Peterson Sullivan’s IT Risk team knows the importance of keeping up to date on emerging vulnerabilities – and we want you to be informed, too.  That’s why we’re compiling some of the biggest news pieces to emerge on the cybersecurity front.  We’ll share these regularly, along with our take on what might have reduced the consequences.

Target:  Marriott International Inc.

Details:  Personal information, including passport numbers, reservation dates, payment card information, addresses, and more, has been exposed to unauthorized access since as early as 2014.  Marriott has stated this has affected up to 500 million customers who have reserved or stayed at any of its Starwood properties, such as the Westin, W Hotels, and Sheraton Hotels & Resorts.

On a web page dedicated to explaining the breach, Marriott details forensic investigational response efforts, and offers affected guests some identify theft monitoring as well as a fraud loss reimbursement benefit “for out‑of‑pocket expenses totaling up to $1 million in covered legal costs and expenses for any one stolen identity event” and consultation support from a third‑party risk management and response provider.  Further consequences include pending investigations by the New York Attorney General’s office, potential large fines if GDPR violations are found, and class action lawsuits.  Senator Ron Wyden (D‑OR) has put it bluntly:  “The Federal Trade Commission needs real powers with strong teeth in order to punish companies that lose or misuse Americans’ private information.  Until companies like Marriott feel the threat of multibillion‑dollar fines, and jail time for their senior executives, these companies won’t take privacy seriously.”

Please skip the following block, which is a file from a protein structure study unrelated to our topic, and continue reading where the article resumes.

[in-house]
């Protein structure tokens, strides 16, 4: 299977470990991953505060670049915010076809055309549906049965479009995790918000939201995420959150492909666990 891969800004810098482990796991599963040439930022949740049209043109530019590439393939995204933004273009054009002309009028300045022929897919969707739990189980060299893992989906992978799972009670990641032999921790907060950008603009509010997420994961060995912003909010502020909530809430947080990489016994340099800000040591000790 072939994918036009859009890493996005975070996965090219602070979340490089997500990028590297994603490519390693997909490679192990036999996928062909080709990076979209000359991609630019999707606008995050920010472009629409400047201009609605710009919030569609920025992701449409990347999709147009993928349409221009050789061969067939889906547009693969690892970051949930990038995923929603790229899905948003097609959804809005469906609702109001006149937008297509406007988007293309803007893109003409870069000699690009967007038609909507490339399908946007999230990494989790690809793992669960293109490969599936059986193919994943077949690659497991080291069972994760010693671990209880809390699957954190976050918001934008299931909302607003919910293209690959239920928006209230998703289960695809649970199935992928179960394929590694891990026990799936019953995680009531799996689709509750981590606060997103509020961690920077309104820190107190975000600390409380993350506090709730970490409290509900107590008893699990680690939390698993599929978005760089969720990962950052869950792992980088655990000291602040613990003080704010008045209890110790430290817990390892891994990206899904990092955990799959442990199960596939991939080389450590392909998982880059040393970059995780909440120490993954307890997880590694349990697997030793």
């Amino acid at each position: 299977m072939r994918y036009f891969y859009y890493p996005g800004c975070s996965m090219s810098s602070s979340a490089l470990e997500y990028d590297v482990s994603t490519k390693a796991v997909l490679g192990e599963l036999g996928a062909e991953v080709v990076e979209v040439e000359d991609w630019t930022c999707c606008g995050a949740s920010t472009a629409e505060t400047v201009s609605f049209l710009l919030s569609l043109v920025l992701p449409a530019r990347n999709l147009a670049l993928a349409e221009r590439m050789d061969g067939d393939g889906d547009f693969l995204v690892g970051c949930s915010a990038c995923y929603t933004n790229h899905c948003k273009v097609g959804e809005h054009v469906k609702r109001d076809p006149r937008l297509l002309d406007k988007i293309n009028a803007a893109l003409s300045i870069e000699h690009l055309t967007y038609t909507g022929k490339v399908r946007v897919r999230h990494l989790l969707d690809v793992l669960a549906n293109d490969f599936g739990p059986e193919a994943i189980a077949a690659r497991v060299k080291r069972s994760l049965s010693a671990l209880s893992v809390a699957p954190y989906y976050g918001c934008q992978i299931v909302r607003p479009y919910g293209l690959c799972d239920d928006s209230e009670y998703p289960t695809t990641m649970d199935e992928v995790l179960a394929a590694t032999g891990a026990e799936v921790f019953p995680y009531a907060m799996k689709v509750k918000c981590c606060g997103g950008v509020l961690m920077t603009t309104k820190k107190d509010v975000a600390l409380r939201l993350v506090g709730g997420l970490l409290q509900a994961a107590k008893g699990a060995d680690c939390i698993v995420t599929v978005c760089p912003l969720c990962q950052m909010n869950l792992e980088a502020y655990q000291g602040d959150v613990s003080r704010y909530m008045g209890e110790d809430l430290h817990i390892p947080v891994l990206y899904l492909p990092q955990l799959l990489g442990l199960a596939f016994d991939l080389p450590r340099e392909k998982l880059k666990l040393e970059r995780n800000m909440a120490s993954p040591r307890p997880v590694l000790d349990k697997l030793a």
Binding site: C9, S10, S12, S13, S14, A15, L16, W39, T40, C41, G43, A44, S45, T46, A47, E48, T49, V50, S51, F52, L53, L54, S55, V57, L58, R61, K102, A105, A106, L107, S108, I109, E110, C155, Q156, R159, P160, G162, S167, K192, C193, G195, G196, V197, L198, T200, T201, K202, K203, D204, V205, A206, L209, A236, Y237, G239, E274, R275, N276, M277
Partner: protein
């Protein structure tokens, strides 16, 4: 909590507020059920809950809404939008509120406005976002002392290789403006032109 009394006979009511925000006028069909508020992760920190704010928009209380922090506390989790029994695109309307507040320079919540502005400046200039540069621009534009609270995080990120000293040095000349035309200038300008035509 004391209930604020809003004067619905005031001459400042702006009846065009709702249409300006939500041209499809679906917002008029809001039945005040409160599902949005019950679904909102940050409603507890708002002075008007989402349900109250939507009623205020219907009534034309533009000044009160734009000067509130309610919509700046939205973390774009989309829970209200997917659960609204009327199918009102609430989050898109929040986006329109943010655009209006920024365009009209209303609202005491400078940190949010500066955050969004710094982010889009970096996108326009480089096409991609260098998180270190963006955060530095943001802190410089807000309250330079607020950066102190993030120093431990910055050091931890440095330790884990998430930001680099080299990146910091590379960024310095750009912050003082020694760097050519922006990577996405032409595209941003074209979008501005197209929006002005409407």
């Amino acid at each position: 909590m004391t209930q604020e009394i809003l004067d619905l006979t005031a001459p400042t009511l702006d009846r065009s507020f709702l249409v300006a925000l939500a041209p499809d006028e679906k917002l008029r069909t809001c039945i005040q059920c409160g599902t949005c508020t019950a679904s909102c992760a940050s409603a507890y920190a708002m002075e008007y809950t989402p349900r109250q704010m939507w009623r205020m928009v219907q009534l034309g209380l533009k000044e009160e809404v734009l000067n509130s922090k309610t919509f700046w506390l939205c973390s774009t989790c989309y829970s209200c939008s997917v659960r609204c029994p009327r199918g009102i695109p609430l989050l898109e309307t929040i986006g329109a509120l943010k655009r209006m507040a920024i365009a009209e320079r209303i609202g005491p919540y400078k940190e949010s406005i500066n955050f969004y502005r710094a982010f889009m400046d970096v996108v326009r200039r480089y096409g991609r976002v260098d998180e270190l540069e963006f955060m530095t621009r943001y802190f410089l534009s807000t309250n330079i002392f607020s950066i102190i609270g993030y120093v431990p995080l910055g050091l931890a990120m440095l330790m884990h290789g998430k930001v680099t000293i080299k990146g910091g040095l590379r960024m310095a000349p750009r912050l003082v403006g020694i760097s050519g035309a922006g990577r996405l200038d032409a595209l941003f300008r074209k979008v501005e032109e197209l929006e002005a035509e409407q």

20/20 hindsight:  We don’t know yet how the attackers got in, but that doesn’t mean the damage was inevitable.  It appears that hackers had access to the system for an unusually long period – up to four years – creating what’s known as an APT (Advanced Persistent Threat).  Proper detective controls, like monitoring for unusual traffic, may have helped the company identify and respond to the attack much earlier.

PS provides holistic assessments to help map the current state of your controls, define security goals, and identify and manage risks.  Our role as cybersecurity consultants isn’t just to check boxes on a one‑time list.  Instead, our experts provide you with the tools for continuous improvement, so you can protect your organization today and in the future. For more information, please contact IT Risk Manager, Maddie Hall.

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